A small personal blog about when I learned first hand that truth & justice is not always valued anymore. I use an example from my early childhood to explore why Democracy is tyranny.
Growing (growing bendy that is) up, I was always instilled with the value that truth & honesty were the best actions to live by in life. My mother taught me to be honest & my father taught me to face reality, something of which people barely do these days. Being obviously a kid, I always thought everybody everywhere was honest, truthful, and always did the right thing.
In elementary school, I was a total badass. I went to a chinese-english school named Kildare Elementary School in North Edmonton with like 28 chinese-mandarin classes and 1 english class, which I was in. I knew everyone and everyone knew me. We were like a big family, and stuck together. I remember that day, because I learned a lot from it. It was grade 5, and the recess bell just rang. We all ran outside and did our thing. I can't for the life of me remember why it was the reason, but I managed to piss off most of the class somehow, and they all were out to get me.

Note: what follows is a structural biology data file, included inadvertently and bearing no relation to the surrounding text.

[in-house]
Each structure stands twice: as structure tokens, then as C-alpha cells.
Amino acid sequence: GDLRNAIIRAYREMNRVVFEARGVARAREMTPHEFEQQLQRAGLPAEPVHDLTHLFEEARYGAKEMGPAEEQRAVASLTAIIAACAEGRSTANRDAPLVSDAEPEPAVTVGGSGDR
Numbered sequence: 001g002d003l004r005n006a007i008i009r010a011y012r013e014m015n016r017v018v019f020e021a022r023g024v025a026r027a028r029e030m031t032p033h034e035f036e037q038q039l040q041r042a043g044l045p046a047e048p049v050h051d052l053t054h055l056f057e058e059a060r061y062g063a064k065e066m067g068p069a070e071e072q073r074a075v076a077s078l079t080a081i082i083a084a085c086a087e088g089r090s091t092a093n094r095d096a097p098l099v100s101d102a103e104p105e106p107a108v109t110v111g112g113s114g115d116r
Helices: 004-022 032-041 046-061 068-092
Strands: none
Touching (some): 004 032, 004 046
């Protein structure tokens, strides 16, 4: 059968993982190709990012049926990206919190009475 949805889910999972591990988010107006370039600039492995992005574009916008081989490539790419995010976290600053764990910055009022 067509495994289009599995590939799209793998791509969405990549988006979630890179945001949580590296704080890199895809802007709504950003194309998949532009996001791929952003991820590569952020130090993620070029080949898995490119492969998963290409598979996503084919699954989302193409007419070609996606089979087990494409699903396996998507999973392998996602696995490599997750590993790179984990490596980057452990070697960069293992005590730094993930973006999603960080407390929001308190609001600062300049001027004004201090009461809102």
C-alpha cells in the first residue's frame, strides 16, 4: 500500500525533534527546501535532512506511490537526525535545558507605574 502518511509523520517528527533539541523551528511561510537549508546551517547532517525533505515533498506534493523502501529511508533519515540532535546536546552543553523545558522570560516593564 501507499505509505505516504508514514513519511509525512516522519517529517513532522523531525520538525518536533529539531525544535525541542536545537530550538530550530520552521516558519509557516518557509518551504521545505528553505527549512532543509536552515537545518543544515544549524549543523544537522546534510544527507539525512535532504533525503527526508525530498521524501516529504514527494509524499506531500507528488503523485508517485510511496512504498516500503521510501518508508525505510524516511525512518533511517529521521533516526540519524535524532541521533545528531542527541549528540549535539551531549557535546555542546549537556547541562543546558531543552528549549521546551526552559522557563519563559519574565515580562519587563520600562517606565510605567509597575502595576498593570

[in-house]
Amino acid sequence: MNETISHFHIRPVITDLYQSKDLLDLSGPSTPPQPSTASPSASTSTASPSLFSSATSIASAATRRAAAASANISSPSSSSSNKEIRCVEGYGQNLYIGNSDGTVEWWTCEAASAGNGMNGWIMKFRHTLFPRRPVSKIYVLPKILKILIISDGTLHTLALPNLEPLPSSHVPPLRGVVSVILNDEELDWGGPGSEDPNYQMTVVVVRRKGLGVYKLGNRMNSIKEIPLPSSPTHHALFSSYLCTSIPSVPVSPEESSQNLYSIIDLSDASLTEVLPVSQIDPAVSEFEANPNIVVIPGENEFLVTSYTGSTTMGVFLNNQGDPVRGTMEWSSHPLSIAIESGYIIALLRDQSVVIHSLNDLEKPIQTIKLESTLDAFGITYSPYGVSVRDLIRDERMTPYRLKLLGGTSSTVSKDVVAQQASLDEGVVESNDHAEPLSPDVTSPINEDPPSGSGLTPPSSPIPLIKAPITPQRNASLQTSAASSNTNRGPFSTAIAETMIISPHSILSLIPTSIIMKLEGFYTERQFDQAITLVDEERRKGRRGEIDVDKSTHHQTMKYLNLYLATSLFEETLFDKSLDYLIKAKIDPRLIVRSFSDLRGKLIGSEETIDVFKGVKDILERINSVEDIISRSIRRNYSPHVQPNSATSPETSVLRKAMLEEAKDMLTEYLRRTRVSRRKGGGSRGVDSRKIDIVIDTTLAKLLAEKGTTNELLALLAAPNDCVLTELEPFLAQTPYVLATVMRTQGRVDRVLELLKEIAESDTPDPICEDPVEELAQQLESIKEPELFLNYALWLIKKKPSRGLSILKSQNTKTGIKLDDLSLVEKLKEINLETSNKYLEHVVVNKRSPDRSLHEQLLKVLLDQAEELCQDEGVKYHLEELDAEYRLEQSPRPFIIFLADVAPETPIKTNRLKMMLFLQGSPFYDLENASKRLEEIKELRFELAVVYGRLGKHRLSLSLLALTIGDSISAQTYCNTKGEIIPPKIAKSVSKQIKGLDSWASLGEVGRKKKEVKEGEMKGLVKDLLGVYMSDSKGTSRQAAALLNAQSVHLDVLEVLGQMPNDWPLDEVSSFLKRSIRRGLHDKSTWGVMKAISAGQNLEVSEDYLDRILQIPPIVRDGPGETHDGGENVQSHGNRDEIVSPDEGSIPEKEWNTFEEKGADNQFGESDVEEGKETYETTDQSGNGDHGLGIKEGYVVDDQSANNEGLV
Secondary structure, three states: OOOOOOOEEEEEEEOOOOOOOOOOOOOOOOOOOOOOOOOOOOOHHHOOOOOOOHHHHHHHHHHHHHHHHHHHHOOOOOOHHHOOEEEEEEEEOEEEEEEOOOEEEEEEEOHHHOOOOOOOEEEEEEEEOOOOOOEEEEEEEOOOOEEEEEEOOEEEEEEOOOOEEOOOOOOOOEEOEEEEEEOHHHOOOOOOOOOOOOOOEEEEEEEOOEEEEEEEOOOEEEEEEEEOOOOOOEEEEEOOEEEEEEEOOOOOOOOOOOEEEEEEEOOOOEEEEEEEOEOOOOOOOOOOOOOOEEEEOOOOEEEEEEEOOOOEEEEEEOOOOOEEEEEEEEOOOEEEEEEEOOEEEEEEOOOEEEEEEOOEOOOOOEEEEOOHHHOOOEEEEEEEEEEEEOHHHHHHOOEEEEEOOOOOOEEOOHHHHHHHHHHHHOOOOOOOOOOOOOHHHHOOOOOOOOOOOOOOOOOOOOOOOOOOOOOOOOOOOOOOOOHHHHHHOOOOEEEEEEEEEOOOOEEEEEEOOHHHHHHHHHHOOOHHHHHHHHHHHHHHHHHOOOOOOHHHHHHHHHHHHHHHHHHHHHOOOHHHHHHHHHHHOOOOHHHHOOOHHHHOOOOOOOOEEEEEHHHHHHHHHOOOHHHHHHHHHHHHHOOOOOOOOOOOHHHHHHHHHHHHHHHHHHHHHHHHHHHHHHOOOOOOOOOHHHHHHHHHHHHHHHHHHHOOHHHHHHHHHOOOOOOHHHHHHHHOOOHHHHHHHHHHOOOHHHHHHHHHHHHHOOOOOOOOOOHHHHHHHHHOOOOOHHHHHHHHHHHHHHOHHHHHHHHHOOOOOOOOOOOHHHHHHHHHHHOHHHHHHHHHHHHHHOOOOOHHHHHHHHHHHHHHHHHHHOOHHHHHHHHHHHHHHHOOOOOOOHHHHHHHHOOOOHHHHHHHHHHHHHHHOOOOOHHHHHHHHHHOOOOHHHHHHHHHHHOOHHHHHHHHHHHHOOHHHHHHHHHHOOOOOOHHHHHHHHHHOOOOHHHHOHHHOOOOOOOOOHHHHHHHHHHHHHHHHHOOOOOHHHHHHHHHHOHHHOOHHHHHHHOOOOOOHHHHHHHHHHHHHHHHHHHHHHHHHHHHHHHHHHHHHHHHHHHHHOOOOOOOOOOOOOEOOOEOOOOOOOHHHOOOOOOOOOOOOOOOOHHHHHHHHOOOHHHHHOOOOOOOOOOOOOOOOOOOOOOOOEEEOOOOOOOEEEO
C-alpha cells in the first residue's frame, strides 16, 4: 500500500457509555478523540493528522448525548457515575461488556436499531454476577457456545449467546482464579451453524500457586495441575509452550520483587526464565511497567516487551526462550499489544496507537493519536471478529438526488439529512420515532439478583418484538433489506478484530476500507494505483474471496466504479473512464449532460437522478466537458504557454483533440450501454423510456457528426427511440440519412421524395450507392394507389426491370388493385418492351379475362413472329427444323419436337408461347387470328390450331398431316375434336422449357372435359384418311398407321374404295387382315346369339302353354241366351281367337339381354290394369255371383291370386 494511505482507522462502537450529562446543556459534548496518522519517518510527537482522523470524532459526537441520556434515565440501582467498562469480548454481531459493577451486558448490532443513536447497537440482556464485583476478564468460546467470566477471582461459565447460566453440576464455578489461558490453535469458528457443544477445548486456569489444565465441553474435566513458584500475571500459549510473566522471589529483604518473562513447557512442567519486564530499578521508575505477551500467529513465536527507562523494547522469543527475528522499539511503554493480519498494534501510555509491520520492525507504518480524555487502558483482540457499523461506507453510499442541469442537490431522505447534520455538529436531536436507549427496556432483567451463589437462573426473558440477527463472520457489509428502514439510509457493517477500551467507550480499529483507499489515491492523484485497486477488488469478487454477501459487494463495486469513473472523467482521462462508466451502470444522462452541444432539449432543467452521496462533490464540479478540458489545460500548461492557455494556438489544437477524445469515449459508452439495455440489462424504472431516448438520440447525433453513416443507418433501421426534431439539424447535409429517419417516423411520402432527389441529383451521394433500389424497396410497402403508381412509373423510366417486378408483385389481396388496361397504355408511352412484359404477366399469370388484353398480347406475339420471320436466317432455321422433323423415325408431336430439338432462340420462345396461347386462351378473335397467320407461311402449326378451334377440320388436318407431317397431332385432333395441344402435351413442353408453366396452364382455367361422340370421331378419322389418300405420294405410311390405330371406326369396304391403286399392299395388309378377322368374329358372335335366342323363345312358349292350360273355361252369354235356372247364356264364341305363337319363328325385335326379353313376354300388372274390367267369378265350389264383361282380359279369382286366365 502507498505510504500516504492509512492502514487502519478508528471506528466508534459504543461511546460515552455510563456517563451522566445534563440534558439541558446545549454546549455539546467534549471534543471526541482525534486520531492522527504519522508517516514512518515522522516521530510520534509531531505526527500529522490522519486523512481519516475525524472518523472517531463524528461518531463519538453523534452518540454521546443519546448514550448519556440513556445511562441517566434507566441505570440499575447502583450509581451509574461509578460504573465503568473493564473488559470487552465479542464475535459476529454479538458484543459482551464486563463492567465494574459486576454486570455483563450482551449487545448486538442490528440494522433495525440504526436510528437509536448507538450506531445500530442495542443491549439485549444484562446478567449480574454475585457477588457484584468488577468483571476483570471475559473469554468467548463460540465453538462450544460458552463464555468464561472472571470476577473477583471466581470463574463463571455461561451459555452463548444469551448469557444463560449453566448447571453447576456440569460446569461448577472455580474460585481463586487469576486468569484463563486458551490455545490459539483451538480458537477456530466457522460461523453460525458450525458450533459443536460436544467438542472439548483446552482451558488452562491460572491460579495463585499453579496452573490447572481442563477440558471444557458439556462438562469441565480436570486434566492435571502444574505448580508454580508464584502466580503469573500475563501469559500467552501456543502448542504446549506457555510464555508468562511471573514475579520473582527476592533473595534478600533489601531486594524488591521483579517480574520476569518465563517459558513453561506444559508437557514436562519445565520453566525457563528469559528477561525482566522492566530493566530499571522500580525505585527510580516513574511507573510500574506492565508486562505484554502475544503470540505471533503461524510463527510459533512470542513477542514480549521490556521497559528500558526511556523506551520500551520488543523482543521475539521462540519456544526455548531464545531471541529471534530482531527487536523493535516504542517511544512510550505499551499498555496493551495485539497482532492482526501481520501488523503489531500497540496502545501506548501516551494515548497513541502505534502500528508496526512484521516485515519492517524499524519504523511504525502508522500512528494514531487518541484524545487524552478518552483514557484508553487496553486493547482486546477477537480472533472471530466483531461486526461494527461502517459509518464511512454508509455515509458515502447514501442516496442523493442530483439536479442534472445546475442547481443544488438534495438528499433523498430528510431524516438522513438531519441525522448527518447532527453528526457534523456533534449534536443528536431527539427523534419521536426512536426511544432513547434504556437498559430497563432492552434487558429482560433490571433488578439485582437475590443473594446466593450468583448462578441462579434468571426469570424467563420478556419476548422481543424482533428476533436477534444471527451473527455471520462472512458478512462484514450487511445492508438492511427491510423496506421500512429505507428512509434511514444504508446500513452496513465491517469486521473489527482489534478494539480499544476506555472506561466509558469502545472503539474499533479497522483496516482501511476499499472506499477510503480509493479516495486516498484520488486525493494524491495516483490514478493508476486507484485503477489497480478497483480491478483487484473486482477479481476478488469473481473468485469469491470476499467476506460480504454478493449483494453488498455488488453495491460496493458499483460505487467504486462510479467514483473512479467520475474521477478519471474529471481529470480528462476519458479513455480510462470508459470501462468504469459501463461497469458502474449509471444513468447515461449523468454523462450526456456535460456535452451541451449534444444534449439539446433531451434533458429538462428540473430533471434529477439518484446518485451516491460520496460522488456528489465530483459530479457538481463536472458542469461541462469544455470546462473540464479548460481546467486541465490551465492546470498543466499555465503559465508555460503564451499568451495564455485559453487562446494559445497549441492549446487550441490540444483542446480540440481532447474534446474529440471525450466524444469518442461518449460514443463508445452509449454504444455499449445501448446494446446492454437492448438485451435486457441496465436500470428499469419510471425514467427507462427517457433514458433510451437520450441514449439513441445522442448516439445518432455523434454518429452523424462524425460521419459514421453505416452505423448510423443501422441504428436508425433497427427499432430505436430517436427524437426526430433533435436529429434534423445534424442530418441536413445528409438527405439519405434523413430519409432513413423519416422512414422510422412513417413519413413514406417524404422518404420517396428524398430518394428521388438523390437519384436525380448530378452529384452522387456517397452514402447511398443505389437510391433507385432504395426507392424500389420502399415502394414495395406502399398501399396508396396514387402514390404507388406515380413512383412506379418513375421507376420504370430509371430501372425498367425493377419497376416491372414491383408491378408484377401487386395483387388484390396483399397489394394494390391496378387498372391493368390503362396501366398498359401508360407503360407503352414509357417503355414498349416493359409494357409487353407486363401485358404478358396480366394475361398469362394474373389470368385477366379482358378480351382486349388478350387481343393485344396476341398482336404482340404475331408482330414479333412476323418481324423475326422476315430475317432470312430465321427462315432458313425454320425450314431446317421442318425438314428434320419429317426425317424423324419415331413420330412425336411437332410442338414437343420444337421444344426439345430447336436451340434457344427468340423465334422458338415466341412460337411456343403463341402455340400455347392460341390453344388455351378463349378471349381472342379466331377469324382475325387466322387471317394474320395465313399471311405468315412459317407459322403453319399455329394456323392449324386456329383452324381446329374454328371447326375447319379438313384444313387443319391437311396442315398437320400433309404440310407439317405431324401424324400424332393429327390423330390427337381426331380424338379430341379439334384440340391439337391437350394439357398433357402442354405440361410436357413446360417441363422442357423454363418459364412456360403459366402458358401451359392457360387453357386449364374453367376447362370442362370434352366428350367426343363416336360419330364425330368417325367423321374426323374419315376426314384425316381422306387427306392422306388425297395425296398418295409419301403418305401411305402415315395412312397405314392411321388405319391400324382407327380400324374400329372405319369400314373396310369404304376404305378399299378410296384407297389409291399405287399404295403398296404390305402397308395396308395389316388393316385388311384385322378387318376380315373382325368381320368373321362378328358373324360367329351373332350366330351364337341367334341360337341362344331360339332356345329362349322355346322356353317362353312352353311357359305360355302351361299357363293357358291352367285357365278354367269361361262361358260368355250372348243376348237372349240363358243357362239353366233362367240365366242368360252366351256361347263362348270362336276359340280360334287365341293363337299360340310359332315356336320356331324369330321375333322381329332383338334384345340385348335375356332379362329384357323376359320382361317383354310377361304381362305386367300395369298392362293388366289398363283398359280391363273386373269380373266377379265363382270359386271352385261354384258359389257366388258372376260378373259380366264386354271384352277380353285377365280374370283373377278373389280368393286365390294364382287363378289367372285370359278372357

We used a "Note system" to pass notes to the teacher if we wanted to report someone else for bullying or other bad activities. So when everyone went inside, 80% of the class who were pissed off at me sent similar notes to the teacher saying that I was swearing outside. I do remember, crystal clearly, that I had not actually been swearing at all.
Pulled to the side, I was grilled by the teacher for why I had been swearing. I valiantly denied the claims, and cited the other classmates were out to get me. That did not pass and it was taken to the next level: the principles office. Since this was early 90's, even then it was slightly less liberal than today as in those days a principle wouldn't be investigated on claims he called someone a name for example. I'm not saying it was "the hard life" but it sure was harder than these days. Anyways, I was repeatedly grilled in the principles office, to the point where the principle was yelling at the top of his lungs in my face.
I knew I had not swore, but was falsely being prosecuted for it. It went as far as the principle telling me he believed a few of my so called "friends" over me anyday, as they were "better people". It escalated further when my mom was called in, and to my surprise she defended me by yelling in my principles face, which actually shut him up (inb4 back to the kitchen).
Any average person would have likely caved in eventually and admitted he did the act when he did not, but I didn't. I saw it as absolutely crucial to pursue truth at all costs no matter who it helped or hurted which is how I still operate today. If I recall the outcome clearly, I believe the principle gave up and didn't care anymore and I was sent back to class. I had learned then and there in a small way the tyranny of the majority, otherwise known as Democracy. The majority vote in this case my classmates, basically voted me out of the room and into trouble. Although its a silly example to use as I was a young child, its principle remains ever important.